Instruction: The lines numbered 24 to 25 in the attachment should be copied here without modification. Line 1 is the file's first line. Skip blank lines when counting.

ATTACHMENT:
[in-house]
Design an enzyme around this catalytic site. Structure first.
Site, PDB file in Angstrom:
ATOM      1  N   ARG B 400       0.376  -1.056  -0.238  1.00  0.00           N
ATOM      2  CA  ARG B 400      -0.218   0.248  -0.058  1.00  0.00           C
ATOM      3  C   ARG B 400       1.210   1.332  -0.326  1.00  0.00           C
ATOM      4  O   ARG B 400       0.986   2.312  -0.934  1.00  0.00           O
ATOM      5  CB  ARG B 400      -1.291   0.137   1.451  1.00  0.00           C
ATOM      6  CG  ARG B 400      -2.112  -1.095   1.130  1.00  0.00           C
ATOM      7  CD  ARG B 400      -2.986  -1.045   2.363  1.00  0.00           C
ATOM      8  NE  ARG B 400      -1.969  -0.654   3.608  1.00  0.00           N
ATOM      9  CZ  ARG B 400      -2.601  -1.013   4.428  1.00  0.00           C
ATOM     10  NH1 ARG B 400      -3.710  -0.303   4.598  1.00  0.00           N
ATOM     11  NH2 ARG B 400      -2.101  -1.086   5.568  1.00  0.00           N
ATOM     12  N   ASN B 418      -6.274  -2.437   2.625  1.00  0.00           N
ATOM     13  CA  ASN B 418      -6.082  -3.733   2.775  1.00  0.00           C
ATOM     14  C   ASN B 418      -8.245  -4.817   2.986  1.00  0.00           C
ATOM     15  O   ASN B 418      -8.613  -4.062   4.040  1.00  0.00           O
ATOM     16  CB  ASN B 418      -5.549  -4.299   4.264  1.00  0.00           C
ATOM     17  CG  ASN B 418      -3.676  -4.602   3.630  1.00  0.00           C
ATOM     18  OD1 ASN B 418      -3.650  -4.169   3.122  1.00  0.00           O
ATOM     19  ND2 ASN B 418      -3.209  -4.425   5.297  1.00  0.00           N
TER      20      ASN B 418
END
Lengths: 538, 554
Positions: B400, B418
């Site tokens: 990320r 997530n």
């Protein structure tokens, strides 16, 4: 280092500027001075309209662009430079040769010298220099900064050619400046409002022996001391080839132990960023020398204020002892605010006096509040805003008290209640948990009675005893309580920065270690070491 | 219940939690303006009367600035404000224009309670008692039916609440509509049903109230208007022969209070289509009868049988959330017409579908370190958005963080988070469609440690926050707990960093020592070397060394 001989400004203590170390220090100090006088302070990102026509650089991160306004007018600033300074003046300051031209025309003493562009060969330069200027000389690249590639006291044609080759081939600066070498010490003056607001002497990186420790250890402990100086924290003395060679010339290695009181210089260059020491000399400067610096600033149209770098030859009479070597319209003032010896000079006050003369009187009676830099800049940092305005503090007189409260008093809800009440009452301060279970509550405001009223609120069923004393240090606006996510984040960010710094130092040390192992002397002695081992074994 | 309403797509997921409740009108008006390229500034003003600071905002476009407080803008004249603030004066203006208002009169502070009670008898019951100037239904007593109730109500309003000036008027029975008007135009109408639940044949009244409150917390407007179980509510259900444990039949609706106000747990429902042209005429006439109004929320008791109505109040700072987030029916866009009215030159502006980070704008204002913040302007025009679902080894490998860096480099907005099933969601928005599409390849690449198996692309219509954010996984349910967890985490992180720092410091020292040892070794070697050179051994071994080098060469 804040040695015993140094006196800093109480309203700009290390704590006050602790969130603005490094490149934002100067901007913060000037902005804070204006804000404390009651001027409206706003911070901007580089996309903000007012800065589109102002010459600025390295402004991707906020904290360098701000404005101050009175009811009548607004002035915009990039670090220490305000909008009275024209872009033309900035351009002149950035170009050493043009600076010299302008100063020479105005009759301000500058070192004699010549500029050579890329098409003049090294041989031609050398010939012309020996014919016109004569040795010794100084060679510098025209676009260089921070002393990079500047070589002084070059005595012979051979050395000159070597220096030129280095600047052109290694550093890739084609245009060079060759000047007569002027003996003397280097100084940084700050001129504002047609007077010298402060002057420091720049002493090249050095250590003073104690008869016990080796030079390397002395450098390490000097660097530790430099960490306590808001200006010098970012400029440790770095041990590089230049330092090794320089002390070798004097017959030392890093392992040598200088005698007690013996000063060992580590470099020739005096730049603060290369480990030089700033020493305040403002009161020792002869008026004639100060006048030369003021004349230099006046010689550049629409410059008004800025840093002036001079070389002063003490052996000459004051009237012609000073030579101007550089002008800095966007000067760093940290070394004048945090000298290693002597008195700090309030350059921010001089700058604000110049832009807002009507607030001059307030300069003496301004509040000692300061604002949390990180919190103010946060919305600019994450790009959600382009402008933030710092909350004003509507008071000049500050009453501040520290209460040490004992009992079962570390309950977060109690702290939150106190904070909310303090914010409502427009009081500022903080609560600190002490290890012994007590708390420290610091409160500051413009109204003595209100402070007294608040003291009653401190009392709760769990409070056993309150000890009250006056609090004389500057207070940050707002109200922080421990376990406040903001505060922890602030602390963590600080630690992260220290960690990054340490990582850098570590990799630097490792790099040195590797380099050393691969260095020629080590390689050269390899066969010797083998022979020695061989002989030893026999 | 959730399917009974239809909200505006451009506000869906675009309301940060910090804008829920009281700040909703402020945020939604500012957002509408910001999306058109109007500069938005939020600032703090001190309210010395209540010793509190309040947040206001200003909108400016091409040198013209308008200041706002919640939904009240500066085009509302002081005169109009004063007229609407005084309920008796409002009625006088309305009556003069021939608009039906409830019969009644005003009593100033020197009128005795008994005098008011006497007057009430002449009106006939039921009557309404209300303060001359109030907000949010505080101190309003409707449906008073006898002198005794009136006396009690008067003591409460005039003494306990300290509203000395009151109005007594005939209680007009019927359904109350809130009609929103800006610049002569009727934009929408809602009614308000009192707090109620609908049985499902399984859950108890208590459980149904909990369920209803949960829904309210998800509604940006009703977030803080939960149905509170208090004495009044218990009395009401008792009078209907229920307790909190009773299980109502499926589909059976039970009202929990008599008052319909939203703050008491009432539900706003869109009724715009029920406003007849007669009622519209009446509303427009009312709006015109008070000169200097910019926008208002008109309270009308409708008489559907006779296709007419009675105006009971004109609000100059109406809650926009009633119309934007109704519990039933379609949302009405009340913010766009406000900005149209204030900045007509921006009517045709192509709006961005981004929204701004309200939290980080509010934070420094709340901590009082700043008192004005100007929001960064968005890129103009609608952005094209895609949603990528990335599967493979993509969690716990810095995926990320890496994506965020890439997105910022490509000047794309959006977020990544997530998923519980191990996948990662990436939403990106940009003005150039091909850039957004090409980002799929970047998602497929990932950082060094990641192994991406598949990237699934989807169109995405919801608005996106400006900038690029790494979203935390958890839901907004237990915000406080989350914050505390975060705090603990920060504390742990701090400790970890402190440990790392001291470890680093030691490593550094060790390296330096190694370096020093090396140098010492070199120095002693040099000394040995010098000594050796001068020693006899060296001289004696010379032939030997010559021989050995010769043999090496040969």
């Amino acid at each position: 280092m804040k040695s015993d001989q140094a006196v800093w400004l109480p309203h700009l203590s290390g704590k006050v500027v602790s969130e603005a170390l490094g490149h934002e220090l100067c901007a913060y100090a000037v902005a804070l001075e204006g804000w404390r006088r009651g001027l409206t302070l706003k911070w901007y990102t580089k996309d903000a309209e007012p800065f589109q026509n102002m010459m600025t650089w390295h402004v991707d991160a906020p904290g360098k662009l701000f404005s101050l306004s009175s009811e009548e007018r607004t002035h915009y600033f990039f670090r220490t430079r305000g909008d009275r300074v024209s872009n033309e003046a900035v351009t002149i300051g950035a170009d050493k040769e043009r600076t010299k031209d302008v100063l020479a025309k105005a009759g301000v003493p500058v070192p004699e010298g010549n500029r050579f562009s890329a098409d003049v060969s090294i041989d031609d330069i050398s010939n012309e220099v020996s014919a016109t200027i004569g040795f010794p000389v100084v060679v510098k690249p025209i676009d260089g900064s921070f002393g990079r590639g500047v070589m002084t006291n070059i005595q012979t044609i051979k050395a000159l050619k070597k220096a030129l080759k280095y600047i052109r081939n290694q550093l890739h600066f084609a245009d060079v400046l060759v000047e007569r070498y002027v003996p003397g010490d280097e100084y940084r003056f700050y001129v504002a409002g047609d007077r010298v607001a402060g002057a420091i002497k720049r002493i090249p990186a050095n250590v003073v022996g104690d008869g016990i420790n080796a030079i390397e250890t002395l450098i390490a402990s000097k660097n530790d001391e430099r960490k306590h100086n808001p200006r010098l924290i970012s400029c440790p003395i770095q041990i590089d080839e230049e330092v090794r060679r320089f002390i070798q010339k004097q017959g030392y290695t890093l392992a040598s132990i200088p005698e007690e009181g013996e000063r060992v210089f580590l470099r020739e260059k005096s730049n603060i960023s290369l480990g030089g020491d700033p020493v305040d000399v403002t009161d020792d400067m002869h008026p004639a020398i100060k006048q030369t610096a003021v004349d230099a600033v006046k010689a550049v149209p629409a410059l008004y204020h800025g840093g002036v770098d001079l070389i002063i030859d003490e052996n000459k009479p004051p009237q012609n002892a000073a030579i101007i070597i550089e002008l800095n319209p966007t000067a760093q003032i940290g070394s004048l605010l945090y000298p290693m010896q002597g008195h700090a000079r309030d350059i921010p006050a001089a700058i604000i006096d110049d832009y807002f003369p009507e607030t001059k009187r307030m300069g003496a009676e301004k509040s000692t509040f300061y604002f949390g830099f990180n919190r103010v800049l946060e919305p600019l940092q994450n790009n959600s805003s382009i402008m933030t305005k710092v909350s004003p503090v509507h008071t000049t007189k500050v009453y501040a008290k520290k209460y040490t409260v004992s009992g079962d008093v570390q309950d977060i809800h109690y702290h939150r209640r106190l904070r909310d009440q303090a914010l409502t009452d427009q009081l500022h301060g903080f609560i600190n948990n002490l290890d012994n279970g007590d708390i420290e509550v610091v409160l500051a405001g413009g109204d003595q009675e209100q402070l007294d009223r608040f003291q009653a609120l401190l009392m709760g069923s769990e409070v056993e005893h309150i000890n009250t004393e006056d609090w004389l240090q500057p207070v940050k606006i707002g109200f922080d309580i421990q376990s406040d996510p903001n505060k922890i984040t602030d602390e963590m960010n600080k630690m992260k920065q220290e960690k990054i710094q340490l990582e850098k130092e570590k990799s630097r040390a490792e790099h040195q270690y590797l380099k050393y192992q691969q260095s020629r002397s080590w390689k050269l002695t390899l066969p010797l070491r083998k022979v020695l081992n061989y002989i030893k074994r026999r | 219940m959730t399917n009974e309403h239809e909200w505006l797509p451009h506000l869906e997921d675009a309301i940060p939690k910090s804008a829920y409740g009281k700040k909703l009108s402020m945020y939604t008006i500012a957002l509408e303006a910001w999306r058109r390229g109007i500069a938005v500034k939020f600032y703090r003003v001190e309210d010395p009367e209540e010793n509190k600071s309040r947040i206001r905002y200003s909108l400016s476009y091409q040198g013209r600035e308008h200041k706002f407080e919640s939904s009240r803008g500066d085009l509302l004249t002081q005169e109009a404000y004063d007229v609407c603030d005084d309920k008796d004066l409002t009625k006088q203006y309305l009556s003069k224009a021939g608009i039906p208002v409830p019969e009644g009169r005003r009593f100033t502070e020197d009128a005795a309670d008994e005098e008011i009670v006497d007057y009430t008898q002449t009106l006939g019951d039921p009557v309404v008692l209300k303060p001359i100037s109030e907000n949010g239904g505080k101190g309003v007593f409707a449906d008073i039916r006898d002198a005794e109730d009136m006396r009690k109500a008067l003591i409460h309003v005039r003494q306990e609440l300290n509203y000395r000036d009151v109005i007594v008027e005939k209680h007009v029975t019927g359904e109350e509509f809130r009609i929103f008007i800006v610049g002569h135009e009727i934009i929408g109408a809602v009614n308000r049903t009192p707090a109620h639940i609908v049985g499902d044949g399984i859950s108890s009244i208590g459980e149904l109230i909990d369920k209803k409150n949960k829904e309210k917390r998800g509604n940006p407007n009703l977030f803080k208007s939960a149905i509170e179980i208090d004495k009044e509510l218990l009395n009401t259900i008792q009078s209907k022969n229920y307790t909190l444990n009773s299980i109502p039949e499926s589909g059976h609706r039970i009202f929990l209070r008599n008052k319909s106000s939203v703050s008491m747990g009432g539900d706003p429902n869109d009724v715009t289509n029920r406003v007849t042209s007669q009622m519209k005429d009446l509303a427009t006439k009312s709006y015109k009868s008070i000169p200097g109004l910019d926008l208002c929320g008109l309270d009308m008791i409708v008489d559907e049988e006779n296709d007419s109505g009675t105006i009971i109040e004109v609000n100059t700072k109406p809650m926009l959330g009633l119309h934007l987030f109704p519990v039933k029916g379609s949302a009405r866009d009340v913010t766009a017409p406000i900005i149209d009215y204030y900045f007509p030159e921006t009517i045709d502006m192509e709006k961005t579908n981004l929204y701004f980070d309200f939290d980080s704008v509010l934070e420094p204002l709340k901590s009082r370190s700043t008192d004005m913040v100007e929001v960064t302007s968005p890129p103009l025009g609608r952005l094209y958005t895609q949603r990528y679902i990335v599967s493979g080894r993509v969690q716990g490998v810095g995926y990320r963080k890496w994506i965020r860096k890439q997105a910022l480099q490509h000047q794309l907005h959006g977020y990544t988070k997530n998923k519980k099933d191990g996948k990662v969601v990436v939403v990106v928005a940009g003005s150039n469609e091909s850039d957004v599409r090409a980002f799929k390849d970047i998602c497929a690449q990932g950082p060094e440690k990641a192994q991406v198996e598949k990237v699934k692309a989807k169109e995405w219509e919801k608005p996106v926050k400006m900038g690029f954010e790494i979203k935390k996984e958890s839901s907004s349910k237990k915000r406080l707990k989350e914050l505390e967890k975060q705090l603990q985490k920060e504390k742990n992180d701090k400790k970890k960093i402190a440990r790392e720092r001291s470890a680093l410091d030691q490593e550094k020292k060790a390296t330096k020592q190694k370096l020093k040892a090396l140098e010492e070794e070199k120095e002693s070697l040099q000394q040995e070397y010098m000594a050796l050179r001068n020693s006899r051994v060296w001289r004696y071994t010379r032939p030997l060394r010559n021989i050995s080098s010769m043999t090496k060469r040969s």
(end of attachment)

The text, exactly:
END
Lengths: 538, 554